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A-Rod’s Attorney: “He Shouldn’t Serve One Inning Of Suspension”

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Alex Rodriguez of the New York Yankees watches Roger Federer of Switzerland hits a return against Jurgen Melzer of Austria during day eight of the 2010 U.S. Open at the USTA Billie Jean King National Tennis Center on September 6, 2010 in the Flushing neighborhood of the Queens borough of New York City. (Photo by Matthew Stockman/Getty Images)

Alex Rodriguez of the New York Yankees watches Roger Federer of Switzerland hits a return against Jurgen Melzer of Austria during day eight of the 2010 U.S. Open at the USTA Billie Jean King National Tennis Center on September 6, 2010 in the Flushing neighborhood of the Queens borough of New York City. (Photo by Matthew Stockman/Getty Images)

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Miami Marlins

NEW YORK (CBSMiami) – New York Yankees third baseman Alex Rodriguez’s new attorney stumbled his way through an interview with no answer about the specific charges against his client.

The appearance on NBC’s Today show Monday morning came just after lawyer Joe Tacopina has gone to the New York Times to accuse the New York Yankees of intentionally keeping A-Rod in the dark about a hip injury that forced him to have surgery in the offseason.

Tacopina went so far as to say that Yankees president Randy Levine told the doctor who performed the surgery, “I don’t ever want to see him (A-Rod) on the field again.”

Tacopina went on the Today Show to talk about A-Rod and was prepared to not say anything about the claims because of the confidentiality of the Joint Drug Agreement with Major League Baseball. But, MLB officials sent NBC a letter saying if Tacopina would sign it, both sides would waive confidentiality and could begin openly talking about the case.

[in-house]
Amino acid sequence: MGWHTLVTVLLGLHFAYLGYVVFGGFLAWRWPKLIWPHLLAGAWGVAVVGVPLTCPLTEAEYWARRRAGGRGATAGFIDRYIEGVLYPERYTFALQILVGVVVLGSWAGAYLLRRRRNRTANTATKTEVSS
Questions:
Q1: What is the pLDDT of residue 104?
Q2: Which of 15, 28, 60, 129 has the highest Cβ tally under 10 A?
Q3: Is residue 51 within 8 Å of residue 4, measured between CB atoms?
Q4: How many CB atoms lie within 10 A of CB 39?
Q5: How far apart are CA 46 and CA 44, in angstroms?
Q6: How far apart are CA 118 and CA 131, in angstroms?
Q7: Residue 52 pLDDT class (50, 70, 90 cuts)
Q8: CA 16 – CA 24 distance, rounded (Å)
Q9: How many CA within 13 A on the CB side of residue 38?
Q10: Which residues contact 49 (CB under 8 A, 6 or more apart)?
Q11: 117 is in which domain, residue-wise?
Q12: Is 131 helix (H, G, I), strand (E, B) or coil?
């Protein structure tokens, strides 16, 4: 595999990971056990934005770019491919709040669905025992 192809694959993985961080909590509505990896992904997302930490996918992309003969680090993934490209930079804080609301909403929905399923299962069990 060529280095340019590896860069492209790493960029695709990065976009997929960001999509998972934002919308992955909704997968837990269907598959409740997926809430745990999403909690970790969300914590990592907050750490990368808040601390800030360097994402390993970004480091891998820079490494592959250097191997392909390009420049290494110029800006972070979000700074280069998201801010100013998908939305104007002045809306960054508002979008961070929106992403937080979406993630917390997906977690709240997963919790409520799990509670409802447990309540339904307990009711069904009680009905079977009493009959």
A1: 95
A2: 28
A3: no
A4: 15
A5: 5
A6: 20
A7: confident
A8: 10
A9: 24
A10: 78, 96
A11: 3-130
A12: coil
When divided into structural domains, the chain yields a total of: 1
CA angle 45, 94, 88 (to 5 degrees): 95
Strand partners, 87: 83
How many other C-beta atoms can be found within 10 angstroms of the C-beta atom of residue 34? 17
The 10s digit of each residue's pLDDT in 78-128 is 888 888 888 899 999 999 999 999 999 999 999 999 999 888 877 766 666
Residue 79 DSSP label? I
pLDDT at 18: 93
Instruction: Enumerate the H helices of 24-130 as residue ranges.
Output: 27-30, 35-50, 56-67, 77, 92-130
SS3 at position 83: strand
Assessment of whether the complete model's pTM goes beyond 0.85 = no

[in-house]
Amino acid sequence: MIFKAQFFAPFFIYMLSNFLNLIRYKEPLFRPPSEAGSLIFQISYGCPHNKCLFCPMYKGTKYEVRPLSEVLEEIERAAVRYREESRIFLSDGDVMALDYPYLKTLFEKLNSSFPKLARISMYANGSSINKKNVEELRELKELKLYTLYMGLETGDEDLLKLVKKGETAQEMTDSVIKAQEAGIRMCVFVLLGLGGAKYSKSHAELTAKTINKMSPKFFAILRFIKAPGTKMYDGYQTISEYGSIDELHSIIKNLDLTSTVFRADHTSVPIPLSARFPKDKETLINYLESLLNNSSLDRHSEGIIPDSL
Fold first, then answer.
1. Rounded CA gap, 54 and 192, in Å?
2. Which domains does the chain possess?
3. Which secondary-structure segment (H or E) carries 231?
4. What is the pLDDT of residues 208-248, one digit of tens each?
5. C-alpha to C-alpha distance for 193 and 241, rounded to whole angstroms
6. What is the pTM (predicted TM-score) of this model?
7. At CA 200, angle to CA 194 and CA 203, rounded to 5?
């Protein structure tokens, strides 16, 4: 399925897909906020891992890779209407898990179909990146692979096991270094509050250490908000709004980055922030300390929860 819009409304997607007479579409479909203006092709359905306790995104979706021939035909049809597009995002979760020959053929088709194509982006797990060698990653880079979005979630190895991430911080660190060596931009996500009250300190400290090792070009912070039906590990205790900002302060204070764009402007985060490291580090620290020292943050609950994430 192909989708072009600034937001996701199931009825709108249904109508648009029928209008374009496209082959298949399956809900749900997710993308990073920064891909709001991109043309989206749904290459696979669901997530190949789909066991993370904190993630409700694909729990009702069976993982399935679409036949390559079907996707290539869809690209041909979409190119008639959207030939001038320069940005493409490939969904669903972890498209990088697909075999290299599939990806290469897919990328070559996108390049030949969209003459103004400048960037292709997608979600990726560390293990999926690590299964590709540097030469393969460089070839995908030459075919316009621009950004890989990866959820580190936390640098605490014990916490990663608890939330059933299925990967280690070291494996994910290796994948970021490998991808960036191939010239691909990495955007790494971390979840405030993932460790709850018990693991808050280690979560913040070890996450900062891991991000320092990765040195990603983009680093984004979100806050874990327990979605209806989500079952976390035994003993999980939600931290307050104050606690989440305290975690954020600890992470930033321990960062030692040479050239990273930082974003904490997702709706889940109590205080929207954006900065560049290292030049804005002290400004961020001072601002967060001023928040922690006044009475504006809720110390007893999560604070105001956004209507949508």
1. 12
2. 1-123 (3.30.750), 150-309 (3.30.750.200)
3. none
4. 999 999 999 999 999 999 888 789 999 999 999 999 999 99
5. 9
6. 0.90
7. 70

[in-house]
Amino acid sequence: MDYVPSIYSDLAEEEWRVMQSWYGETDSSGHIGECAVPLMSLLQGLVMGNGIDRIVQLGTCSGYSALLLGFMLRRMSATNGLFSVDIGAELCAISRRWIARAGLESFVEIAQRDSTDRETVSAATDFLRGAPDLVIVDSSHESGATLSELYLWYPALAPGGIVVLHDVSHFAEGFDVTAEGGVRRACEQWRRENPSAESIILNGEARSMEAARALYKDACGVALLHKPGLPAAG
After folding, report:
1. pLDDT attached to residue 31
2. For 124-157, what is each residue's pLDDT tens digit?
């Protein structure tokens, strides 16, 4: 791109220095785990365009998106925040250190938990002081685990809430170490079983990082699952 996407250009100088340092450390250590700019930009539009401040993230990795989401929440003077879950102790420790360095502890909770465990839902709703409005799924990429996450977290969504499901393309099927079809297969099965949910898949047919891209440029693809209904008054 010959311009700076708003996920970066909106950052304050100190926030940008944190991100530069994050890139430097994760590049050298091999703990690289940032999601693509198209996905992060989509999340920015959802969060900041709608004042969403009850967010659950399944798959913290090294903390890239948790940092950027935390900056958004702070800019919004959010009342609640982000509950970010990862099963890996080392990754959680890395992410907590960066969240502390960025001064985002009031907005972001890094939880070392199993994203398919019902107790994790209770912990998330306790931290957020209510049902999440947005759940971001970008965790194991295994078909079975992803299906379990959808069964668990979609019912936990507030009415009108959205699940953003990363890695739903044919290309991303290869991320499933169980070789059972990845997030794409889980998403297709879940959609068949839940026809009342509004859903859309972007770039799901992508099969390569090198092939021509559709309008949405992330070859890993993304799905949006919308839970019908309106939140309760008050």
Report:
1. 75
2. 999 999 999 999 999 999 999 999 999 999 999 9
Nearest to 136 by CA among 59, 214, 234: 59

That’s when Tacopina began to backtrack.

“We would love nothing more than to be able to discuss the testing history, the scientific evidence, and the testing of Alex Rodriguez, regarding this JDA, nothing more,” Tacopina told the Today Show.

When asked directly if A-Rod used PEDs after his first admission, which was made after he was confronted with testing results by ESPN, his lawyer hedged.

“Alex admitted that in 2001 and 2002 that he had used performance enhancing drugs as a member of the Texas Rangers when it was not banned,” Tacopina said. “He said since then, he has not.”

“I will tell you this, this letter (MLB letter waiving confidentiality) is nice, they could have sent it to me last night and I would have been prepared,” Tacopina said. “I would have been prepared to talk about the history and I have so many things I would love to say if there was a way to say it.”

NBC’s Matt Lauer cut off Tacopina asking that shouldn’t the fundamental question about whether he used PEDs recently be answered before fingers are pointed elsewhere?

“What’s been going on has been outrageous, anonymous leak after anonymous leak after anonymous leak, and it doesn’t stop,” Tacopina said of the case. “It has to stop because they (MLB) are perverting the process and the process should not be perverted.”

“I’ll tell you this, Alex Rodriguez, when we confront this evidence, will have been found not responsible to the point where he shouldn’t serve one inning of a suspension,” Tacopina said.

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